• Comment: The conclusion of this industry-funded study contradicts the findings of the WHO International Agency for Research on Cancer, which finds processed meats to be carcinogenic, and red meat to be a probable carcinogen.

The challenges of nutrition policymaking. Joanne Slavin.  Nutrition Journal (2015) 14:15 DOI 10.1186/s12937-015-0001-8.

  • Thrust of paper: As every DGAC [Dietary Guidelines Advisory Committee] wants to be bold and set new direction, nutrition science would support that first we must do no harm with our dietary guidance. Moderation and variety must be kept front and center…A suggestion that all Americans should reduce sodium intakes is not sound and is potentially dangerous. Targeting certain foods and beverages, including chocolate milk, processed meats, added sugars, and even the noble potato as villains in the nutrition wars is not a science-based strategy and may need to be countered on the political front if appointed scientific review committees continue to take this approach.
  • Competing interests: In the past 5 years Dr. Slavin has received research grants from Minnesota Beef Council, Minnesota Cultivated Wild Rice Council, Novartis Consumer Health, USA Rice, Nestle Nutrition, Tate and Lyle, General Mills, Inc., USA Pears and American Pulse Association. In the past 5 years Dr. Slavin has received speaking fees from food companies and commodity groups with interests in processed foods, dairy products, meat, pulses, fruits, vegetables, fiber, grains, and carbohydrates. Dr. Slavin has participated in scientific panels and advisory boards that are funded by food companies, ingredient companies, commodity groups, scientific societies, and trade groups. She holds a third interest in the Slavin Sisters LLC, a 119-acre farm in Southern Wisconsin.

Does low-energy sweetener consumption affect energy intake and body weight? A systematic review, including meta-analyses, of the evidence from human and animal studies PJ Rogers, PS Hogenkam , C de Graaf, S Higgs, A Lluch, AR Ness, C Penfold, R Perry, P Putz, MR Yeomansand DJ Mela.International Journal of Obesity (2015), 1–14 10 November 2015; doi:10.1038/ijo.2015.177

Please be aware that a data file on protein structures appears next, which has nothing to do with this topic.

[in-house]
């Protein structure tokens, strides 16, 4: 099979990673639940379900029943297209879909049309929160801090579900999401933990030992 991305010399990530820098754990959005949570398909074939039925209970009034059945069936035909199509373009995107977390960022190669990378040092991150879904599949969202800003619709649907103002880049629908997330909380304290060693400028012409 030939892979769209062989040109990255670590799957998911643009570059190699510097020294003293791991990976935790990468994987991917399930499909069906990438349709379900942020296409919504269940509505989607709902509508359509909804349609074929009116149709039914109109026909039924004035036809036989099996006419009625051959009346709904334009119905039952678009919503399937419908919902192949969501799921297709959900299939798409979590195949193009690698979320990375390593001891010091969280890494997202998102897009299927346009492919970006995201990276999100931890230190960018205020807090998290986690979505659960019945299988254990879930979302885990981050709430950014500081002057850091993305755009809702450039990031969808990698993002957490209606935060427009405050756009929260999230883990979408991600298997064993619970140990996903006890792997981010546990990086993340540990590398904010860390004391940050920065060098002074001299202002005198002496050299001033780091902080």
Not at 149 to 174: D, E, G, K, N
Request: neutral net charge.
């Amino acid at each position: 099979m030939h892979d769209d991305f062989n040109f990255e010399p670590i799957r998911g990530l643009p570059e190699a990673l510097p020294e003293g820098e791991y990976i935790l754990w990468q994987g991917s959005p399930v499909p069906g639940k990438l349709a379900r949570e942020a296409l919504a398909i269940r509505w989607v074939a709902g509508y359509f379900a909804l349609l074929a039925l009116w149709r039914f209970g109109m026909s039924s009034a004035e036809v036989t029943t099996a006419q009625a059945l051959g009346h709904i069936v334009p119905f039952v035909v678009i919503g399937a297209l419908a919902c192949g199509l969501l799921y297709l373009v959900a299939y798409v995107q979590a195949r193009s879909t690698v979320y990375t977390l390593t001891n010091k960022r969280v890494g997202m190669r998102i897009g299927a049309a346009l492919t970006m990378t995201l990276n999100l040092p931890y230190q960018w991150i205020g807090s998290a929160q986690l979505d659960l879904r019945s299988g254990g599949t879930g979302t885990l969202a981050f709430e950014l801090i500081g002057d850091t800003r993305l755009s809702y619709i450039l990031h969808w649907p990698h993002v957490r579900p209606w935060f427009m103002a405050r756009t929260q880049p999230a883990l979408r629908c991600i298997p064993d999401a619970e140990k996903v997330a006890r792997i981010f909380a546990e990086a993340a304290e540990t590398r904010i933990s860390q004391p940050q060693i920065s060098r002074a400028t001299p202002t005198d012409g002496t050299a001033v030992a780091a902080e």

• Conclusions: Overall, the balance of evidence indicates that use of LES [low-energy sweeteners] in place of sugar, in children and adults, leads to reduced EI [energy intake] and BW [body weight], and possibly also when compared with water.
  • Conflict of interest: Peter J Rogers has received grants from Sugar Nutrition, UK in support of research on the effects of sugar on human appetite. Cees de Graaf has received grants from the Dutch Sugar Bureau in support of a study on brain responses to sugars and low energy sweeteners. Suzanne Higgs has received a grant from Canderel in support of research on the effects of low-energy sweeteners on human appetite. Anne Lluch and David J Mela are employees and shareholders of companies that manufacture products containing sugars and low-energy sweeteners. Peter Putz is an employee of ILSI Europe.

Walnut ingestion in adults at risk for diabetes: effects on body composition, diet quality, and cardiac risk measures Valentine Yanchou Njike, Rockiy Ayettey, Paul Petraro, Judith A Treu, David L Katz.  . BMJ Open Diabetes Research and Care 2015;3:e000115. doi:10.1136/bmjdrc-2015- 000115.

  • Conclusions: The inclusion of walnuts in an ad libitum diet for 6 months, with or without dietary counseling to adjust calorie intake, significantly improved diet quality, endothelial function, total and LDL cholesterol, but had no effects on anthropometric measures, blood glucose level, and blood pressure.
  • Funding: Funding for this study has been provided by the California Walnut Commission.
  • Competing interests. DLK has been compensated for public speaking by the California Walnut Commission.
Nov 25 2015

A retraction and apology

The Journal of Public Health Policy (JPHP) will soon announce the retraction of a Viewpoint—an opinion piece—I co-authored with a Guatemalan physician, Dr. Joaquin Barnoya, “The food industry and conflicts of interest in nutrition research: A Latin American perspective.” Because of factual errors in the piece, and in response to valid objections about the errors from its subjects, they and we requested its retraction and JPHP is doing so.